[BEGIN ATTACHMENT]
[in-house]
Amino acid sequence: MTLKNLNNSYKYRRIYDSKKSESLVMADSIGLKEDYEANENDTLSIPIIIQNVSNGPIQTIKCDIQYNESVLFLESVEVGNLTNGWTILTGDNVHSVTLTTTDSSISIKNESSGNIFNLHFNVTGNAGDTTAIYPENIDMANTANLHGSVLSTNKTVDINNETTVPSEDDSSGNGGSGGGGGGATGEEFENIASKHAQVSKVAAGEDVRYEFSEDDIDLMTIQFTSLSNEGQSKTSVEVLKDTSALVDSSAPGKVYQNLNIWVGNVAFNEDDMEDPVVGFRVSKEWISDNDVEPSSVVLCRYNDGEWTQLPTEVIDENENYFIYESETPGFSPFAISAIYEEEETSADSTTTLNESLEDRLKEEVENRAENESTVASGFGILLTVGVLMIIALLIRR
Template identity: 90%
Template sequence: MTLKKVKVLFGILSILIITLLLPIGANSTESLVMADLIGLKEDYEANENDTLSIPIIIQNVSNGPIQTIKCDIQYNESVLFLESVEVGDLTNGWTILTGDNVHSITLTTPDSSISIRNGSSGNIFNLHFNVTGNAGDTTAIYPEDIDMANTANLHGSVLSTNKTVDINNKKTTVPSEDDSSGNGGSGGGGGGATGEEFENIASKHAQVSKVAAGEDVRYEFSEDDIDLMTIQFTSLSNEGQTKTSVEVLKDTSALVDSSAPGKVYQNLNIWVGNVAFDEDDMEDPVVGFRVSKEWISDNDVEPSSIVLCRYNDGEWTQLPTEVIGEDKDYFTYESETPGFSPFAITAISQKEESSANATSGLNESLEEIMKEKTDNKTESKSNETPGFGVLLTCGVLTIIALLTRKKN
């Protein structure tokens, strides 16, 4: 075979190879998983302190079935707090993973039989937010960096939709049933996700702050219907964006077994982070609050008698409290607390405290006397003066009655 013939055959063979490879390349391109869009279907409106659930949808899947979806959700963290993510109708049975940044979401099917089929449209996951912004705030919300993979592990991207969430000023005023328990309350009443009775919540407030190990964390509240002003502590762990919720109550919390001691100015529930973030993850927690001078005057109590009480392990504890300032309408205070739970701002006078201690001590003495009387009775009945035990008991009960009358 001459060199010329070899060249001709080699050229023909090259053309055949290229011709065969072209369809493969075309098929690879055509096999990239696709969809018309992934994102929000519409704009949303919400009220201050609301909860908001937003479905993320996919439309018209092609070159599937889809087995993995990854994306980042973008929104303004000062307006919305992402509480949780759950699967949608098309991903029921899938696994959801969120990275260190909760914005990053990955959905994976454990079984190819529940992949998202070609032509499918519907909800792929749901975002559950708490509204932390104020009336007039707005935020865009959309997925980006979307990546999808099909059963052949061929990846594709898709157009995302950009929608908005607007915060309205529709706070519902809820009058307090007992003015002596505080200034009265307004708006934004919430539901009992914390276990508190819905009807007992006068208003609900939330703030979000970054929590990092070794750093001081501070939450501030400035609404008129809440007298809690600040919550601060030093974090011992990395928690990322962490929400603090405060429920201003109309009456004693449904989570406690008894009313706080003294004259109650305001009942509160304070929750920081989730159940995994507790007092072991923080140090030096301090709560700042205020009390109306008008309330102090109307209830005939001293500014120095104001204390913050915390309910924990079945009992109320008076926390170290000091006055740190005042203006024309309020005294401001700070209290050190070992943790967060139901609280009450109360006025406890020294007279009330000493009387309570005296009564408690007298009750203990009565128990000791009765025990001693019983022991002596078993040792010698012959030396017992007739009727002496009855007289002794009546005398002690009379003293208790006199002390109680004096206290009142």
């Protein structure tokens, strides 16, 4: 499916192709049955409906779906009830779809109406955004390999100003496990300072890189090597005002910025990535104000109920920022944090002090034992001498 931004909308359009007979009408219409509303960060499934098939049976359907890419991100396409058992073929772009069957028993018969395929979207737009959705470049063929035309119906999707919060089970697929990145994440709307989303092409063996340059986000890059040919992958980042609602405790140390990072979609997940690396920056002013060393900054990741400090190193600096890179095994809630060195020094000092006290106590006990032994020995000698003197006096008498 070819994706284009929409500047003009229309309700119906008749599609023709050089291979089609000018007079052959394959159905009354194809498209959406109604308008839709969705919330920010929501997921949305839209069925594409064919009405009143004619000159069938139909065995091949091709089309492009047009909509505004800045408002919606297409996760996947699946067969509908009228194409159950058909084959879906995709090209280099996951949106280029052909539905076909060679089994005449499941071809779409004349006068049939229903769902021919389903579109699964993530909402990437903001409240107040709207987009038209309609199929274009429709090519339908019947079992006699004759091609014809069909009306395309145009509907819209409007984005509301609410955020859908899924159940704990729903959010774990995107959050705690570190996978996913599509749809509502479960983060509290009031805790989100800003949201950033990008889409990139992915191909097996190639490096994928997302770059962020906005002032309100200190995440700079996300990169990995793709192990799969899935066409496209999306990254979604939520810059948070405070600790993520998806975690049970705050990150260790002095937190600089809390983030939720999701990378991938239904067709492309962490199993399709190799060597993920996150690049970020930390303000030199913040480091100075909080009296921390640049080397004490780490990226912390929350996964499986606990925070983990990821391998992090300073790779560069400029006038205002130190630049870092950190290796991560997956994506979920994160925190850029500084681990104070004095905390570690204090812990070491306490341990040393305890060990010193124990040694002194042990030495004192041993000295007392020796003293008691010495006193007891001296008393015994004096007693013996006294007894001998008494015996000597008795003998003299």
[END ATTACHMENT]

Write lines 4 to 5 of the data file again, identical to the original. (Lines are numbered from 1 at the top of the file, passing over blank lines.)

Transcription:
Template sequence: MTLKKVKVLFGILSILIITLLLPIGANSTESLVMADLIGLKEDYEANENDTLSIPIIIQNVSNGPIQTIKCDIQYNESVLFLESVEVGDLTNGWTILTGDNVHSITLTTPDSSISIRNGSSGNIFNLHFNVTGNAGDTTAIYPEDIDMANTANLHGSVLSTNKTVDINNKKTTVPSEDDSSGNGGSGGGGGGATGEEFENIASKHAQVSKVAAGEDVRYEFSEDDIDLMTIQFTSLSNEGQTKTSVEVLKDTSALVDSSAPGKVYQNLNIWVGNVAFDEDDMEDPVVGFRVSKEWISDNDVEPSSIVLCRYNDGEWTQLPTEVIGEDKDYFTYESETPGFSPFAITAISQKEESSANATSGLNESLEEIMKEKTDNKTESKSNETPGFGVLLTCGVLTIIALLTRKKN
């Protein structure tokens, strides 16, 4: 075979190879998983302190079935707090993973039989937010960096939709049933996700702050219907964006077994982070609050008698409290607390405290006397003066009655 013939055959063979490879390349391109869009279907409106659930949808899947979806959700963290993510109708049975940044979401099917089929449209996951912004705030919300993979592990991207969430000023005023328990309350009443009775919540407030190990964390509240002003502590762990919720109550919390001691100015529930973030993850927690001078005057109590009480392990504890300032309408205070739970701002006078201690001590003495009387009775009945035990008991009960009358 001459060199010329070899060249001709080699050229023909090259053309055949290229011709065969072209369809493969075309098929690879055509096999990239696709969809018309992934994102929000519409704009949303919400009220201050609301909860908001937003479905993320996919439309018209092609070159599937889809087995993995990854994306980042973008929104303004000062307006919305992402509480949780759950699967949608098309991903029921899938696994959801969120990275260190909760914005990053990955959905994976454990079984190819529940992949998202070609032509499918519907909800792929749901975002559950708490509204932390104020009336007039707005935020865009959309997925980006979307990546999808099909059963052949061929990846594709898709157009995302950009929608908005607007915060309205529709706070519902809820009058307090007992003015002596505080200034009265307004708006934004919430539901009992914390276990508190819905009807007992006068208003609900939330703030979000970054929590990092070794750093001081501070939450501030400035609404008129809440007298809690600040919550601060030093974090011992990395928690990322962490929400603090405060429920201003109309009456004693449904989570406690008894009313706080003294004259109650305001009942509160304070929750920081989730159940995994507790007092072991923080140090030096301090709560700042205020009390109306008008309330102090109307209830005939001293500014120095104001204390913050915390309910924990079945009992109320008076926390170290000091006055740190005042203006024309309020005294401001700070209290050190070992943790967060139901609280009450109360006025406890020294007279009330000493009387309570005296009564408690007298009750203990009565128990000791009765025990001693019983022991002596078993040792010698012959030396017992007739009727002496009855007289002794009546005398002690009379003293208790006199002390109680004096206290009142």